Where the former


commission prided itself on being transparent, the new


Icel imposed oaths of loyalty and anonymity


Three other Americans, including Chicago’s Cardinal Francis George OMI, were also appointed to Vox Clara. So were senior bishops from Ghana, Santa Lucia, Ireland, the Philippines and eventually Canada. Mgr James P. Moroney, formerly director of the US bishops’ liturgy office, would play a key role as the committee’s “special adviser”. Other aides included Fr Jeremy Driscoll OSB (US), Abbot Cuthbert Johnson OSB (England), Mgr Gerard McKay (Rome) and Professor (then Fr) Dennis McManus (US). Just before retiring in October 2002, Cardinal Medina pressurised the Icel bishops into drastically overhauling the commission’s Washington-based operations. Key personnel changes were made at a meeting in late July of that year in Ottawa, including the forced retirement of Dr John Page. The American, a church historian and scholar of John Henry


The new English Missal is being introduced during Advent but its journey to fruition has been marked by the Vatican’s determination to take charge. In the third and final part of his account of the politics behind the translation, our Rome correspondent tells of a final twist in the tale


Bishop Donald Trautman, one of the few bishops publicly to criticise the translation. Photo: CNS


Newman, had been the commission’s execu- tive secretary since 1980 and a senior staff member for many years prior to that. The Icel bishops replaced him with Fr Bruce Harbert, a former Anglican and a Birmingham priest who had studied classics at Oxford and patris- tics in Rome. Though he had been an Icel collaborator, he was a vocal critic of the com- mission and a proponent of more literal translations. Upon his appointment he was given the new title of executive director. Bishop Maurice Taylor of Aberdeen, ill with cancer, stepped down as chairman of the episcopal board and Bishop Roche of Leeds was elected to replace him. A week after resigning Bishop Taylor issued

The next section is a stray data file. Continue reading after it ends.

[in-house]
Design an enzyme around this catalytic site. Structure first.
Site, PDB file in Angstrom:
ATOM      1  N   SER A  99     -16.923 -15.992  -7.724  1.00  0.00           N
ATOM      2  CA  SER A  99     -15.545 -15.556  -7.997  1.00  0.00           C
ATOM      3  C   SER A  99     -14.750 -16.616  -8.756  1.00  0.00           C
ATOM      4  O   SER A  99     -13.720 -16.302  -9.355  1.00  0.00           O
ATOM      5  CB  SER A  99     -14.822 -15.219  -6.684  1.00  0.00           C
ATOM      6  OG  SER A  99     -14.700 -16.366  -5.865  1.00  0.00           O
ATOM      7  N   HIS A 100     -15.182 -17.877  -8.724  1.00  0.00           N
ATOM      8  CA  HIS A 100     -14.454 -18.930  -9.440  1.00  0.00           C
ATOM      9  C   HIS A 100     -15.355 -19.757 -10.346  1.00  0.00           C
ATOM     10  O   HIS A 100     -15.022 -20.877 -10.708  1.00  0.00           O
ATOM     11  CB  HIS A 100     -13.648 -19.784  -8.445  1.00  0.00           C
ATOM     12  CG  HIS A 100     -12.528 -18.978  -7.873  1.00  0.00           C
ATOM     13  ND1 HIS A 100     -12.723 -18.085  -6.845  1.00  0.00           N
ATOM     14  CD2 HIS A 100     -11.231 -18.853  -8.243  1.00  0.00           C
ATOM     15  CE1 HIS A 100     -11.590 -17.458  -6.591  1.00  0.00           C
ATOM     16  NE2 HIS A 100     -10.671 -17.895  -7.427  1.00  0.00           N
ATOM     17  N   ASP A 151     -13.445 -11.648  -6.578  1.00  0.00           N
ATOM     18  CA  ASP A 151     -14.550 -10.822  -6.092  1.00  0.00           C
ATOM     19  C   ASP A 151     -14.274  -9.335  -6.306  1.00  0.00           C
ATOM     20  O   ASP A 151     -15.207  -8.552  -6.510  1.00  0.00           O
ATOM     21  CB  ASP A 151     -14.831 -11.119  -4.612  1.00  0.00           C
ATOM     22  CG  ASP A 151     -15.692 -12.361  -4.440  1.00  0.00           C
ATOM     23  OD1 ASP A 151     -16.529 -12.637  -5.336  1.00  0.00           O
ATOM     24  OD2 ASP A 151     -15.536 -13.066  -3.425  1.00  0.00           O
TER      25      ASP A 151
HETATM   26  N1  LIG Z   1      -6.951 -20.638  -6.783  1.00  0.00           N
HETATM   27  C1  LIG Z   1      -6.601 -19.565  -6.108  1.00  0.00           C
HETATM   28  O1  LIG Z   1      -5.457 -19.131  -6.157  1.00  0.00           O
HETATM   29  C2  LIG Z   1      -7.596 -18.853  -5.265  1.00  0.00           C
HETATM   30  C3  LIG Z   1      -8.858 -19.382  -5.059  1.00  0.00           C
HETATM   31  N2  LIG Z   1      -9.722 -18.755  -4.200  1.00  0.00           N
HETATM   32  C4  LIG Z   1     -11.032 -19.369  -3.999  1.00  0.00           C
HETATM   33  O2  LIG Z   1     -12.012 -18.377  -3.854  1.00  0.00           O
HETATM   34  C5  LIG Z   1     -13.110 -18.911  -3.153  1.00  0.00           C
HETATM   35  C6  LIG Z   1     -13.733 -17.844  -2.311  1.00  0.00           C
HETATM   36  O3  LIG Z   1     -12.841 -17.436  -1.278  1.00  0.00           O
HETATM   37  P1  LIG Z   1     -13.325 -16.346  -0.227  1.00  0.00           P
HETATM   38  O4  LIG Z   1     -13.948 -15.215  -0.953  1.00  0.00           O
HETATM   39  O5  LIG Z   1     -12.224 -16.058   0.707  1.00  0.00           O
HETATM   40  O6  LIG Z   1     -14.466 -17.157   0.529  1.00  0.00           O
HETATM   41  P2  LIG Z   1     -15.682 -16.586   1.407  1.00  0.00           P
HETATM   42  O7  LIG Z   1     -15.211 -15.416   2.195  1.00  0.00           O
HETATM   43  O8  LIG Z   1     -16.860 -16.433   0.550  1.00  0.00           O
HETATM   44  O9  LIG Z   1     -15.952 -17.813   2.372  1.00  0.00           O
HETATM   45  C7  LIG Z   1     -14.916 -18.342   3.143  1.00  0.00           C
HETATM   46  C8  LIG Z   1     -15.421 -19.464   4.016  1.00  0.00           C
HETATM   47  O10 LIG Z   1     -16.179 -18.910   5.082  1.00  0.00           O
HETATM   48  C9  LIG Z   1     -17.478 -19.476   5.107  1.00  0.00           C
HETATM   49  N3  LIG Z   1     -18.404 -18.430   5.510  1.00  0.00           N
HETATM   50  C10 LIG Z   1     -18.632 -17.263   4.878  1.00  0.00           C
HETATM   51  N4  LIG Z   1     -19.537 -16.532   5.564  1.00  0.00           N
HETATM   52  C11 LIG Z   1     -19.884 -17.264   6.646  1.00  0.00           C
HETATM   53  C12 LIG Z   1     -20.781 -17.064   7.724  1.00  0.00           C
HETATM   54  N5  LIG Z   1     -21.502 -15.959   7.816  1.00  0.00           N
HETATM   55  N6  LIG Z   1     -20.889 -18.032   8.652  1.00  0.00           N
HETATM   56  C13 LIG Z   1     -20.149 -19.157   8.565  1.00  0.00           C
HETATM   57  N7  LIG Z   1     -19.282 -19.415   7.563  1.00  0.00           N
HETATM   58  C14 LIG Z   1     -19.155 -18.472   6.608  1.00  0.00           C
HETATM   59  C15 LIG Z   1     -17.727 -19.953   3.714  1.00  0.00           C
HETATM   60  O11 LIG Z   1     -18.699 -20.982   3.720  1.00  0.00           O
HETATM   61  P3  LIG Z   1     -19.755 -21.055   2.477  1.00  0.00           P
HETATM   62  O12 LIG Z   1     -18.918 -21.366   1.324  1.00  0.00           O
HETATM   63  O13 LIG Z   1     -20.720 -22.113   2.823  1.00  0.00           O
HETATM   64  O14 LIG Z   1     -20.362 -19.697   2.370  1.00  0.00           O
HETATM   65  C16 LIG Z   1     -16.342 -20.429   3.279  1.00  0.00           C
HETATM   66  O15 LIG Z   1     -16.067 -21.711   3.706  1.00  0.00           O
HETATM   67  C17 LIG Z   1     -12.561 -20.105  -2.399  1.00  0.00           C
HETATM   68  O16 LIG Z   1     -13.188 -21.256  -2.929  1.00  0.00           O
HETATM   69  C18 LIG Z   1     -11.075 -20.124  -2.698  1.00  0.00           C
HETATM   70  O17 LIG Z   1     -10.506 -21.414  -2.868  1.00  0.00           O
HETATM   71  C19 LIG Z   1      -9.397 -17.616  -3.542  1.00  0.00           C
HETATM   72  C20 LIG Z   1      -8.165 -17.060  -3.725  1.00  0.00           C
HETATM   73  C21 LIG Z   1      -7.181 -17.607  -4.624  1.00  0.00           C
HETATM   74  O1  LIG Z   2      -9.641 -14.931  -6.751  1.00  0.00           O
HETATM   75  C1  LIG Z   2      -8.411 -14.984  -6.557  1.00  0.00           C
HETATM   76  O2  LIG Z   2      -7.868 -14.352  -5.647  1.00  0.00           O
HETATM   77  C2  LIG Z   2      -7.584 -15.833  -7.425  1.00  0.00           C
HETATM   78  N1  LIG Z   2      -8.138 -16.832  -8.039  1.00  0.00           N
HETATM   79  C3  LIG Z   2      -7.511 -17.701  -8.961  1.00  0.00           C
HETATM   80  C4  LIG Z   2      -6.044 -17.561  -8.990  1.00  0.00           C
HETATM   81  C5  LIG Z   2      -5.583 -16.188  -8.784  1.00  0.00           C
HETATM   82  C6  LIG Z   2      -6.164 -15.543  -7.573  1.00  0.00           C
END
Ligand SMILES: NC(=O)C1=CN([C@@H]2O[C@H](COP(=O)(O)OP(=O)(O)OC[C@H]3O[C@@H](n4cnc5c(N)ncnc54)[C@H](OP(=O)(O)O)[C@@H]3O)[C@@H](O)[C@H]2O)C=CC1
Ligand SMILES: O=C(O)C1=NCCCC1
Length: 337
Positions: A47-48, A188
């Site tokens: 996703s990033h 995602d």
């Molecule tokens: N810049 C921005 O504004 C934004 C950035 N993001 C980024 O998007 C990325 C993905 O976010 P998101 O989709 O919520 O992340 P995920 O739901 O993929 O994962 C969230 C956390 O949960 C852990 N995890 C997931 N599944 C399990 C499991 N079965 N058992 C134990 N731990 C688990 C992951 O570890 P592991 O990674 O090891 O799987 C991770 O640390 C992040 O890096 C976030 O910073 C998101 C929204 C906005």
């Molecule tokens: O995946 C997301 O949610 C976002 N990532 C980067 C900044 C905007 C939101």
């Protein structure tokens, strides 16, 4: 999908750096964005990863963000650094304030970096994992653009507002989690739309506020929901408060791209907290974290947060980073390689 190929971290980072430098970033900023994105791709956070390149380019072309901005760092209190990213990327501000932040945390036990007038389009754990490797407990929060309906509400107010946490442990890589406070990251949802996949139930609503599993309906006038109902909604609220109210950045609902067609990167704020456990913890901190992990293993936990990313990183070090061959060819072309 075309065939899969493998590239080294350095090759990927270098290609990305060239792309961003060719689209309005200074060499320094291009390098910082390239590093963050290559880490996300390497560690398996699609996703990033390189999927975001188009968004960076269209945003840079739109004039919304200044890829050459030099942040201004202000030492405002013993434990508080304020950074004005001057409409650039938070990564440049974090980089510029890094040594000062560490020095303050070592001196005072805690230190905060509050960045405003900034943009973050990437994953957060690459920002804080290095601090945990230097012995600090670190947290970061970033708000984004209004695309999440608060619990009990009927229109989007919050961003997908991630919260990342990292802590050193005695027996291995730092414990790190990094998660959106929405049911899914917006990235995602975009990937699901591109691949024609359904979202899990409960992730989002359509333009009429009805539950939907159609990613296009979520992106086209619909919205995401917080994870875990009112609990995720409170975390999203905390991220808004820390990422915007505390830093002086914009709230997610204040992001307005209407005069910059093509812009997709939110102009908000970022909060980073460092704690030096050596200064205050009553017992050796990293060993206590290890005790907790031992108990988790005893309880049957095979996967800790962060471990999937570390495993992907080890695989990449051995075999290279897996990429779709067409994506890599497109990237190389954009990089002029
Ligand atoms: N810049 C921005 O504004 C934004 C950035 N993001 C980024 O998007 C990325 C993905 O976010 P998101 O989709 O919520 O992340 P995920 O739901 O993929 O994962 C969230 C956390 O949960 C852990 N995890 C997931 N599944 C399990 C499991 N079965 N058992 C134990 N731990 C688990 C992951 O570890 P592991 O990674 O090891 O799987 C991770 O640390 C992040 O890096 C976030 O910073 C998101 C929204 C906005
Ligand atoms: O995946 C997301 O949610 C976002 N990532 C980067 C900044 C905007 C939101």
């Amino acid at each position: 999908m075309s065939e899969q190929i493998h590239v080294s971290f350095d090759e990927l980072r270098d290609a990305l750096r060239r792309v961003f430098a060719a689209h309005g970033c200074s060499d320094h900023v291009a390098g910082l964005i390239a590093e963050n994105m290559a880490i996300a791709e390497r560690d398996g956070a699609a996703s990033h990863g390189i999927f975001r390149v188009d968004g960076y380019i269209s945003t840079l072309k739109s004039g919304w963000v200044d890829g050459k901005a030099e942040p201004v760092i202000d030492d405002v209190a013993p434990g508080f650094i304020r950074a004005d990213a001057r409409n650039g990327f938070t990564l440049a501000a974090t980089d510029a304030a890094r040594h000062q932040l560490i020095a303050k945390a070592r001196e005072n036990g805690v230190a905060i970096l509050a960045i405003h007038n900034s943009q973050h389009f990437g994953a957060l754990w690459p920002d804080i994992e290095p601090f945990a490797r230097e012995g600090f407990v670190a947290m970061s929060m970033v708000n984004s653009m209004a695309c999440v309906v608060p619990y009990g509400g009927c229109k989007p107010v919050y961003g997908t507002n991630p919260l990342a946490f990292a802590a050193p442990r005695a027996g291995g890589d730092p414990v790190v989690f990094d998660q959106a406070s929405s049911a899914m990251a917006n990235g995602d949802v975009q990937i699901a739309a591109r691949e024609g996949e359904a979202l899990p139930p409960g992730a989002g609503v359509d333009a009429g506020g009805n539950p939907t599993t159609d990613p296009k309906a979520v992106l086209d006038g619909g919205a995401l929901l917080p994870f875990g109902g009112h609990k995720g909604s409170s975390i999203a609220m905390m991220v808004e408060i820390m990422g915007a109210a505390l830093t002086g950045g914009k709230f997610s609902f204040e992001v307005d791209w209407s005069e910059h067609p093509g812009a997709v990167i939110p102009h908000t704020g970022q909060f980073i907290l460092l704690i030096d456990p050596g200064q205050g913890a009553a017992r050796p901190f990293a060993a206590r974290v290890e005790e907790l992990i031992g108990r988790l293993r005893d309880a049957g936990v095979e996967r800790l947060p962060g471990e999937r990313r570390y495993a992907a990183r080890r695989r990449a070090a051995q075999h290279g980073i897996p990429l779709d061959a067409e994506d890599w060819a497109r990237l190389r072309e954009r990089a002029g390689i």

a letter defending the old Icel against “attacks” that had been levelled at it by, among others, Cardinal Medina’s congregation. “The impres- sion is given, and indeed is seemingly fostered by some, that Icel is a recalcitrant group of people, uncooperative, even disobedient,” the bishop wrote. “This is mistaken and untrue.” He also denounced the CDW’s treatment of Dr Page, saying he had been “pilloried, some- times by name, often by title, occasionally by inference”. It was a final defence of the work Icel had tried to achieve. But it was too late. The Nigerian Cardinal Francis Arinze took over from Medina as CDW prefect in autumn 2002 and would preside over the final approval of Icel’s revised statutes. The pres- idents of the 11 episcopal conferences of Icel and representatives of the 15 associate con- ferences met Cardinal Arinze in the Vatican Synod Hall. Astonishingly, they acquiesced